Walking into the protest site at Shaheen Bagh, you encounter people rehearsing the art of sloganeering—the topology of rehearsing itself is the creative moment of the protest. They are acts of spontaneous extensions, de-formations, and re-inventions. There are aspects of repetition, but they defy the protocols of mimesis. Such acts of repetition have to be read not in the conventional sense of repeating the same-old-thing but as a politico-linguistic strategy. It is not the recurrence of the same-old-thing over and over again. Here to repeat something is to begin again, to renew, to question, and to refuse remaining the same. The reclamation of the political symbols of national importance, re-citation of revolutionary idioms, the re-distribution of the word aazadi (Freedom), and so on, need to be located in this specific context.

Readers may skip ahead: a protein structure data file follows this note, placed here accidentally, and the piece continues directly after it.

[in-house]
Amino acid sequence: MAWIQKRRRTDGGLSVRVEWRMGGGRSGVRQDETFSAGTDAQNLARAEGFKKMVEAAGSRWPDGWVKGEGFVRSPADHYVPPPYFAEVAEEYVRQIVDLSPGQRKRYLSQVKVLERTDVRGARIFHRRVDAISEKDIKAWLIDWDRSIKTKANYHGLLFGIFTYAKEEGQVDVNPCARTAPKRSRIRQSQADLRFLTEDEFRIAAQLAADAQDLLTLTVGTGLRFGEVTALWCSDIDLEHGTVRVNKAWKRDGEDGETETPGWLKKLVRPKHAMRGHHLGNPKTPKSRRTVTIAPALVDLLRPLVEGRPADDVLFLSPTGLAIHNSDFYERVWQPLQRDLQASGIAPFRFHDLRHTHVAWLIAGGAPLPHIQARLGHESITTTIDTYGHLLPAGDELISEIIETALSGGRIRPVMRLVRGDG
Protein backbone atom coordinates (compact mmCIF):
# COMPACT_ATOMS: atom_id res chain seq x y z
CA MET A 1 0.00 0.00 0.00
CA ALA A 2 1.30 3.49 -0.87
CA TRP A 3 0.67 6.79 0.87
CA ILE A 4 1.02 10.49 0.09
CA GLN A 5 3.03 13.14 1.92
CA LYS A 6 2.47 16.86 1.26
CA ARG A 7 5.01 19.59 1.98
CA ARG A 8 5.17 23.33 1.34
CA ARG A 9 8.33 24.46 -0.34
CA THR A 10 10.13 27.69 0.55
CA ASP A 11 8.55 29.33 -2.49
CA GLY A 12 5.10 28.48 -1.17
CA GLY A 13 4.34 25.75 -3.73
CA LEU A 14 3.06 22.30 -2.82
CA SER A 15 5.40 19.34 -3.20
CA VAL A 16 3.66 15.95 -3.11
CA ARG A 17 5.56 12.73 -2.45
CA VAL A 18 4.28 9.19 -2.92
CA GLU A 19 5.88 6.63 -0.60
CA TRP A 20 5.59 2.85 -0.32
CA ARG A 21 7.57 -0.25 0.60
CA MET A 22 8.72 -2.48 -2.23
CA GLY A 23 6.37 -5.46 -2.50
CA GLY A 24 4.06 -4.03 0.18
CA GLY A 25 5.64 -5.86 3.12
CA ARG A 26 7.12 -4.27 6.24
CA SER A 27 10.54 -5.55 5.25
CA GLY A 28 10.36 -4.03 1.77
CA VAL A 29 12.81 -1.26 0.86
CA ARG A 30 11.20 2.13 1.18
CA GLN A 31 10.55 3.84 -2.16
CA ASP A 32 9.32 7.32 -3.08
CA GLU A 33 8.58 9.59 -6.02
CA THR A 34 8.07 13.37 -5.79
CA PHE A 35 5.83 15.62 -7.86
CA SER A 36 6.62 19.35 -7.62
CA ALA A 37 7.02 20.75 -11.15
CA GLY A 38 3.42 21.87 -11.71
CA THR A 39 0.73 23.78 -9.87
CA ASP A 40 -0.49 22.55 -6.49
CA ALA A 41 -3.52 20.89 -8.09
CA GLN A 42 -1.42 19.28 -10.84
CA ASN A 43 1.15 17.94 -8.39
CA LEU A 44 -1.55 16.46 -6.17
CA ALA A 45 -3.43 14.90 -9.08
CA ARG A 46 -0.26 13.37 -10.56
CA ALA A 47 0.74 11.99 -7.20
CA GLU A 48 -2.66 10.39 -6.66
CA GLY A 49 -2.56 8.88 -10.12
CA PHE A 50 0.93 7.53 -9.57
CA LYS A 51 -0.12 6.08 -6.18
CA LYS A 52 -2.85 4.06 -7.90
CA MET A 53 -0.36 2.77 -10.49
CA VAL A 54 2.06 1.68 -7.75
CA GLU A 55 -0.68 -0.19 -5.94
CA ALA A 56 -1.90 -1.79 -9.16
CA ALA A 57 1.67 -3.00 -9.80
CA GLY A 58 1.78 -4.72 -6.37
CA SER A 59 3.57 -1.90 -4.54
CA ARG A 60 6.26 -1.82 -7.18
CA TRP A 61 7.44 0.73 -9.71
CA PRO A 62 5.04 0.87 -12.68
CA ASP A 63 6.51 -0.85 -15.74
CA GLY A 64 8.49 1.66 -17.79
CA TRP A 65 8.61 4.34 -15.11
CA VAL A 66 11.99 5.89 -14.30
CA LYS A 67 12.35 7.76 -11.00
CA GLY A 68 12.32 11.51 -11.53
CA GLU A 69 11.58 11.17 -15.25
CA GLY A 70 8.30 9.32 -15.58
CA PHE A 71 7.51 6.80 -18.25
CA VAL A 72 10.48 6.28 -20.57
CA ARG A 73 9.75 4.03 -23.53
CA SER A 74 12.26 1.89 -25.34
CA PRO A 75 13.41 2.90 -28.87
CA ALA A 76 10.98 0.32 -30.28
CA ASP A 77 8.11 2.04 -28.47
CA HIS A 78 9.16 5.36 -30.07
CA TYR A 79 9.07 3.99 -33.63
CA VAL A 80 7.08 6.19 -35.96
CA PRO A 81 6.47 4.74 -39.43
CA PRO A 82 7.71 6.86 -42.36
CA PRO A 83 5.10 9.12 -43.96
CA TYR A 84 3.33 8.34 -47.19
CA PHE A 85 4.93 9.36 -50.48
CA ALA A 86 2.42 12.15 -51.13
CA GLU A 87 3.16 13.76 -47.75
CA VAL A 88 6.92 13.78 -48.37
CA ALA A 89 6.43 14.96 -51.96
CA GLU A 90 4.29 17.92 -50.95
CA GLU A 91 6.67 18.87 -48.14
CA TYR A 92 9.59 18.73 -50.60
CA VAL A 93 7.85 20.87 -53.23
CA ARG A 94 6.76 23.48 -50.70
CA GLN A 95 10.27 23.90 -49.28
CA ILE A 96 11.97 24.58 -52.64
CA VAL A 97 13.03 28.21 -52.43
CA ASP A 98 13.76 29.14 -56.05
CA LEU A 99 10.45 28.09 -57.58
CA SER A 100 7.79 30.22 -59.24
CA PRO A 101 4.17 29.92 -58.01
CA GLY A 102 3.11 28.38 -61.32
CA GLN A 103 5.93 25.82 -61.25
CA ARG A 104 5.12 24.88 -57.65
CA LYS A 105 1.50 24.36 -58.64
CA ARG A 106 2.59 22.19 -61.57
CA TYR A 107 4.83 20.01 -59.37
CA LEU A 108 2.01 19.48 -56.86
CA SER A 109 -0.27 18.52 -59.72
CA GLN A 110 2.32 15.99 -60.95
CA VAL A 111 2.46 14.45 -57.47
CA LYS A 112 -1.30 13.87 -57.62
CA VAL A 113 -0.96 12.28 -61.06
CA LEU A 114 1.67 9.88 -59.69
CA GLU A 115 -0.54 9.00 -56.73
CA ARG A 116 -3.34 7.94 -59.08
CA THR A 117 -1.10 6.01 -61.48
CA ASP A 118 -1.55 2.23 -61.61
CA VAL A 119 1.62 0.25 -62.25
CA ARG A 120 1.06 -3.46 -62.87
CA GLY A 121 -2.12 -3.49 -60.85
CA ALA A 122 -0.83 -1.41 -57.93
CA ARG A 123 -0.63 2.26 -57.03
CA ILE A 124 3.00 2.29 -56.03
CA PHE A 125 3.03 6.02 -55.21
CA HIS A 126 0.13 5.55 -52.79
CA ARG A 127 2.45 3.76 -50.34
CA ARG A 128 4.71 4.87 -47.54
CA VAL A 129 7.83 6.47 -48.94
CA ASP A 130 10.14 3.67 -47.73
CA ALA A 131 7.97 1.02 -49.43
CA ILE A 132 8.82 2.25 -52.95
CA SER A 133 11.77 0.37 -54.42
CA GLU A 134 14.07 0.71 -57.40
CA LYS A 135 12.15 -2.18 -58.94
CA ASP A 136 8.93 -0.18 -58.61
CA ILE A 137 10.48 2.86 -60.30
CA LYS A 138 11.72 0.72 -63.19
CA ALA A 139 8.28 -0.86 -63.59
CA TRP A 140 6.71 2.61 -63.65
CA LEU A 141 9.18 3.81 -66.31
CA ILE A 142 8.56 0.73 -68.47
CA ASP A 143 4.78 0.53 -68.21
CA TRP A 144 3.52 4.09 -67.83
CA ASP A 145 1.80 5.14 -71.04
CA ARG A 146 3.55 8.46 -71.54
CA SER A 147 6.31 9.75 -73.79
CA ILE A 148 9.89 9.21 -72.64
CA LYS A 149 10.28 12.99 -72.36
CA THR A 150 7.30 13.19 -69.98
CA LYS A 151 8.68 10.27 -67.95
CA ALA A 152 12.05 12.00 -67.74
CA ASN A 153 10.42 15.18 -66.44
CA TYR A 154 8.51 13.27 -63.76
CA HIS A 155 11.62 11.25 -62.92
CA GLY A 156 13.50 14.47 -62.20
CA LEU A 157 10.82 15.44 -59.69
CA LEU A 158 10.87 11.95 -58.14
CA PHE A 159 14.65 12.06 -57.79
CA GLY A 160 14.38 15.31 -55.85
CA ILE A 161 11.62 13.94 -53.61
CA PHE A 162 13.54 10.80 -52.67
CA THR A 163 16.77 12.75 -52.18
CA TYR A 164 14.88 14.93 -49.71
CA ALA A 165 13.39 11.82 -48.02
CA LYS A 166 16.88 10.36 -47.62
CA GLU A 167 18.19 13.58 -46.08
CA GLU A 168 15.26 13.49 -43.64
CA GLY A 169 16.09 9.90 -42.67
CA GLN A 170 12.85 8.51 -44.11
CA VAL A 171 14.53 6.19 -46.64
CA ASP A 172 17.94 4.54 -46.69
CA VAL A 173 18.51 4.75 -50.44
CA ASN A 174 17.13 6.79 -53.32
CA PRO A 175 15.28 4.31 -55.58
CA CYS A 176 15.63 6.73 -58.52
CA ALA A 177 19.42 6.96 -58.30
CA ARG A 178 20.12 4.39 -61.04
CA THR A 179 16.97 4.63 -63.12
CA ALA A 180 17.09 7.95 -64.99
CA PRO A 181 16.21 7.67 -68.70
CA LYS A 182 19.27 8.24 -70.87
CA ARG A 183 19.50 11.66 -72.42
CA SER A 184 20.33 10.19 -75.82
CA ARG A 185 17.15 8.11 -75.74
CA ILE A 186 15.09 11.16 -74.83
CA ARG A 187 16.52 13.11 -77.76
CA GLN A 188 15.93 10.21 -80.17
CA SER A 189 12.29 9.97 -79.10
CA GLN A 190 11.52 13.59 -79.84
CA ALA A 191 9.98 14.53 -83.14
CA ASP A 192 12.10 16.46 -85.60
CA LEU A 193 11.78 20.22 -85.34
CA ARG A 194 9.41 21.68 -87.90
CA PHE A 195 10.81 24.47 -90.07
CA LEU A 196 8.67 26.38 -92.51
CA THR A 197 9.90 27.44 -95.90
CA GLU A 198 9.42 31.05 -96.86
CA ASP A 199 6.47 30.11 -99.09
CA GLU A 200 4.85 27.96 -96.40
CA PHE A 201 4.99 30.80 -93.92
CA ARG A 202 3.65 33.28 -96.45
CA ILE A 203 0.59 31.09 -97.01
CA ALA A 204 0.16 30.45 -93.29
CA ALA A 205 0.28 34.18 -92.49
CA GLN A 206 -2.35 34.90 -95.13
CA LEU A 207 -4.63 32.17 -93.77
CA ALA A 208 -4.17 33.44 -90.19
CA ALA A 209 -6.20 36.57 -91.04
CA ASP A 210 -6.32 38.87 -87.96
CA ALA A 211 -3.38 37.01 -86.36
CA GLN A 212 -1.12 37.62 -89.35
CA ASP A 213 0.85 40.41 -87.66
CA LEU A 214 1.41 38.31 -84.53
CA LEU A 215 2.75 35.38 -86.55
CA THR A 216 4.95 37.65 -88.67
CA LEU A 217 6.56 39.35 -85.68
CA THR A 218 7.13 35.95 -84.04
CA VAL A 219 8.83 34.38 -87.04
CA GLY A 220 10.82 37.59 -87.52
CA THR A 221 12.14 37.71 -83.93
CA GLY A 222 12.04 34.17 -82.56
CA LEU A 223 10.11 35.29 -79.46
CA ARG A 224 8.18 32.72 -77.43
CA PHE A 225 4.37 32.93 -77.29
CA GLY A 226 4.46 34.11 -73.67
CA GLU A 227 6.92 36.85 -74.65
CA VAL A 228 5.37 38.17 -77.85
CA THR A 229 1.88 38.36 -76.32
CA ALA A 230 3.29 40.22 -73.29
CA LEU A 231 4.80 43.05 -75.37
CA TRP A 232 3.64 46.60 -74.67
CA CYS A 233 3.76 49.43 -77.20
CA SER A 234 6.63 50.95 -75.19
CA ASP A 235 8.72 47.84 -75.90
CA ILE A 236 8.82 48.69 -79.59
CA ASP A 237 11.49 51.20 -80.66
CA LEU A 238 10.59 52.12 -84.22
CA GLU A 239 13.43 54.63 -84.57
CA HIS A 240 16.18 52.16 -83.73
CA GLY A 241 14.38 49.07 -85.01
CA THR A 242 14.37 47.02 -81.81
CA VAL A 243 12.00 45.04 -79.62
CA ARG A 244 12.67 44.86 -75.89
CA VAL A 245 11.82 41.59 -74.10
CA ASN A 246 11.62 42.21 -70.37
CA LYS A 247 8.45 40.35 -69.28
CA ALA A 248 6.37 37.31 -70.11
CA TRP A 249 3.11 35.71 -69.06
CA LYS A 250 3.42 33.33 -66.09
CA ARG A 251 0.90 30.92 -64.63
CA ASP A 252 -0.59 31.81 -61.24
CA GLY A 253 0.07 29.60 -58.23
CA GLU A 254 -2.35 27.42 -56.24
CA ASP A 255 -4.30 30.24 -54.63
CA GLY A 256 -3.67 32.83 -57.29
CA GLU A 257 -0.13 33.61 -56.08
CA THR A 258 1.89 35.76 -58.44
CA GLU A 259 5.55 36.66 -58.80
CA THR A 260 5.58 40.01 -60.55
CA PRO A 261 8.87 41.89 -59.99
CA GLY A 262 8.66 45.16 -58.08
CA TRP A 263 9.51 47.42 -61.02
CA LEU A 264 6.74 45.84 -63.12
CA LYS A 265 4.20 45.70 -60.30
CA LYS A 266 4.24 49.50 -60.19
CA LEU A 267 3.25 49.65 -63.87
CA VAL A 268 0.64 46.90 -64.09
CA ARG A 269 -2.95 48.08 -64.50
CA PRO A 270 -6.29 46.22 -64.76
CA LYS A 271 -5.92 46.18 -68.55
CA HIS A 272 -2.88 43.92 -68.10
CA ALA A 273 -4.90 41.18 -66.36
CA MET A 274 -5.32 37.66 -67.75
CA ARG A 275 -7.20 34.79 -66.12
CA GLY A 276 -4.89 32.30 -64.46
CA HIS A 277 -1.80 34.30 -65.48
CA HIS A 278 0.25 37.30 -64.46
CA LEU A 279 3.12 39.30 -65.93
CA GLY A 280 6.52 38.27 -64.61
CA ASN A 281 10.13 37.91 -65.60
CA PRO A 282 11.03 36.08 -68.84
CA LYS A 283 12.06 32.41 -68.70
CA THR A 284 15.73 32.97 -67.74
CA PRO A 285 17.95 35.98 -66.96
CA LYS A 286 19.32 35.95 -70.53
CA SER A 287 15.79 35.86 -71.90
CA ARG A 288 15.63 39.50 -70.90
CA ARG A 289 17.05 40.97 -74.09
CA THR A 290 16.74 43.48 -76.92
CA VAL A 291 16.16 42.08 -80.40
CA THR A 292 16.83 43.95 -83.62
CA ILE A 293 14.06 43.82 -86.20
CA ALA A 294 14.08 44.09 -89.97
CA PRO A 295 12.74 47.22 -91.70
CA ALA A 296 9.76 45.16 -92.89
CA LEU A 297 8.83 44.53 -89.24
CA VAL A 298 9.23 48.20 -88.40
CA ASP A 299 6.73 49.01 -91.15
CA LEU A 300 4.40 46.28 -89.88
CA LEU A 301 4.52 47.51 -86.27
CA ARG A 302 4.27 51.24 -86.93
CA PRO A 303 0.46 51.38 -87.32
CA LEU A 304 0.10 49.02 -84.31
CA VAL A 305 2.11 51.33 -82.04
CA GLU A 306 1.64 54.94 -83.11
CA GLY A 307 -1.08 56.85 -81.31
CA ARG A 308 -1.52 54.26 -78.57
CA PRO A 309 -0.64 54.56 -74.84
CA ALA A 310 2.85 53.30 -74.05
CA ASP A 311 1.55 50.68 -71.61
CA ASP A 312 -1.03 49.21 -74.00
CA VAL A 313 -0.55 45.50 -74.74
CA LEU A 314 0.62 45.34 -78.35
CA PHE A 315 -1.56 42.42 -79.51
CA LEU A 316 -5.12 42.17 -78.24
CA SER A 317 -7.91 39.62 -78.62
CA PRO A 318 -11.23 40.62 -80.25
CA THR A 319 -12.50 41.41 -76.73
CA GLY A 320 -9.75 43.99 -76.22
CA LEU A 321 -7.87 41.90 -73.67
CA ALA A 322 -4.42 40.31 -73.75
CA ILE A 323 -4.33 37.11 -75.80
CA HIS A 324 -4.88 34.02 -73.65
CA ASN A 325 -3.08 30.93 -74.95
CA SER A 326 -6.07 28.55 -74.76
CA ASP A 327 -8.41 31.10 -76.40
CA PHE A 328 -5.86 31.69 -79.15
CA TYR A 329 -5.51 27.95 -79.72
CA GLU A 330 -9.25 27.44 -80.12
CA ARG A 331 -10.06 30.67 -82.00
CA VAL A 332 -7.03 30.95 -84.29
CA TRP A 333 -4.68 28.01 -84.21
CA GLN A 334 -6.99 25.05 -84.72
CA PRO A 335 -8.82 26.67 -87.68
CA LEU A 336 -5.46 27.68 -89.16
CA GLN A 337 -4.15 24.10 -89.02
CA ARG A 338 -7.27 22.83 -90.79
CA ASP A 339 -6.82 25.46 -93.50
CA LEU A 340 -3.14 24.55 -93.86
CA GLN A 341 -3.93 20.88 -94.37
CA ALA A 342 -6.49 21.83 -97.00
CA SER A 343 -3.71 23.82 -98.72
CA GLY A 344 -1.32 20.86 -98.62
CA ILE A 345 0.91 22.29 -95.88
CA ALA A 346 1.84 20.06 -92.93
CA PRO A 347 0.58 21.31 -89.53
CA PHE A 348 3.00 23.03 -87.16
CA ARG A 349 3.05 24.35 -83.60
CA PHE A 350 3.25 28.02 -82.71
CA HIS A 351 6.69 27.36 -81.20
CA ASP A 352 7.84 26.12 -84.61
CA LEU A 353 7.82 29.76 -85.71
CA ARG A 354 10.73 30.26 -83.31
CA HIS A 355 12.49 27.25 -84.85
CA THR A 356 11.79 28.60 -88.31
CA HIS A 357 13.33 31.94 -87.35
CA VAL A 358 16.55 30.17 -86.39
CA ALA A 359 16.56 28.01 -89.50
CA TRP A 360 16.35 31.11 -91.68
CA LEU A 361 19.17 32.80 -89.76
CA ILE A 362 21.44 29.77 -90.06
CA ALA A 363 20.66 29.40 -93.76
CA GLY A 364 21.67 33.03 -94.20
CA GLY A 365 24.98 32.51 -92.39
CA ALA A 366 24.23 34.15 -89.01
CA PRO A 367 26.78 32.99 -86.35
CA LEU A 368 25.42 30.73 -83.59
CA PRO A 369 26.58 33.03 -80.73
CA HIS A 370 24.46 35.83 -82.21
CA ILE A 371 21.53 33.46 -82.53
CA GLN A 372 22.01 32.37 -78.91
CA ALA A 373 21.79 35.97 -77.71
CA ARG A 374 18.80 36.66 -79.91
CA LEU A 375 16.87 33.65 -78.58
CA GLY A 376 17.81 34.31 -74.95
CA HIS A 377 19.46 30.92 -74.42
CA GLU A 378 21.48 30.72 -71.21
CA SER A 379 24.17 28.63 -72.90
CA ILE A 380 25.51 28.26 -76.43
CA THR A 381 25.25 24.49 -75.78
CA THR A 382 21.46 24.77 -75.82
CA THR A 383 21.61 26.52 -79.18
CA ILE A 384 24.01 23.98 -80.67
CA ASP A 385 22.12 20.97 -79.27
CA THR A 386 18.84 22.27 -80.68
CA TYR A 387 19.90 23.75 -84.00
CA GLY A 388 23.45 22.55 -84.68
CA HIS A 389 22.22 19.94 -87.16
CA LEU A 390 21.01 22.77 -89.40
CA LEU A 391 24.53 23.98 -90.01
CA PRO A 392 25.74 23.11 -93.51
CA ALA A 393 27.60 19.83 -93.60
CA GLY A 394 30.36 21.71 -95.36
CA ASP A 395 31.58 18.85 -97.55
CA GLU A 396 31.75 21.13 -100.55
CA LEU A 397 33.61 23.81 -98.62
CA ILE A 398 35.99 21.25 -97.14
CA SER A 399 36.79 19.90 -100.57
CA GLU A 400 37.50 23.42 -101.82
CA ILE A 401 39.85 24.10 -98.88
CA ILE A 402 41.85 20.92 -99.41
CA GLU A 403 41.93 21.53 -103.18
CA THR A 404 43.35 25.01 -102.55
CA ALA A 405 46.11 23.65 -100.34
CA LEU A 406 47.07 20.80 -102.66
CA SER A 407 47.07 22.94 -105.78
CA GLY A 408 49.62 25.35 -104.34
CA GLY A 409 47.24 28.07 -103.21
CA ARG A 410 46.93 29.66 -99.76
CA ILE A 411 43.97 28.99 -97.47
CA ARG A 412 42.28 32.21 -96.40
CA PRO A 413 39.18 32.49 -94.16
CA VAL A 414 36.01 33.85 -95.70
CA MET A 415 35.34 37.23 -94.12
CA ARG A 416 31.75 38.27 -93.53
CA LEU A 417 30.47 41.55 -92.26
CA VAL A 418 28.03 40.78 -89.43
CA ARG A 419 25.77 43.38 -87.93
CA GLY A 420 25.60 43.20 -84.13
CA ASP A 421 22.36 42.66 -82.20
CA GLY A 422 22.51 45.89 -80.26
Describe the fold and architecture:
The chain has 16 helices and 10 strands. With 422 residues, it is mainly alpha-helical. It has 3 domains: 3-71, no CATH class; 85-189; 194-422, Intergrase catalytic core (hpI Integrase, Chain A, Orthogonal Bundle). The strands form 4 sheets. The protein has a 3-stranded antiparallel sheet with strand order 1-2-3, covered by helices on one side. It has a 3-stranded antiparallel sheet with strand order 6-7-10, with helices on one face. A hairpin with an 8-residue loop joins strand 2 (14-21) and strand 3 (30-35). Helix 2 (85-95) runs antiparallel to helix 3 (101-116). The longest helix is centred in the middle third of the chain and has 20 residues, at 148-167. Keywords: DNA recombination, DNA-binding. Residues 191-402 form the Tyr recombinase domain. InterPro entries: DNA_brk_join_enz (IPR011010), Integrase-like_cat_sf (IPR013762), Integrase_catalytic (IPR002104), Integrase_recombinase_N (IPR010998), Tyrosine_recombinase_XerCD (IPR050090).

The evocation and celebration of the Indian constitution and recitals of its Preamble are some of the other recurring features of this movement of resistance. There are several reasons behind these repetitive acts. One obvious reason is the defining ethical content of the Preamble which guarantees equality among its citizenry and the way that it defines India as a secular, socialist, and democratic sovereign republic. Another reason is that it works as a platform to evoke the chief-architect of the Indian constitution, Dr. B.R. Ambedkar. The anti-caste crusade of Ambedkar has an enlivened traction among the dalit-bahujan and minority communities. At the same time, one cannot reduce these evocations as a mere espousal of constitutionalism. Instead, perhaps, this can be described as a rare instance since the adoption of the Indian constitution where it has acquired its constituting function of a (coming-) community, than as a mere book of reverence. Noteworthy here is the fact that the constitution exceeds its juridical dependence and becomes the constituting agent of the political. The hermeneutical axis of the constitution is shifted away from the domain of the experts (and/or law-makers) towards the people at large. In fact, the constitution emerges as the people’s document and they assume the role of the creative interpreters of it against the tyranny of juridical devaluation of core universal principles.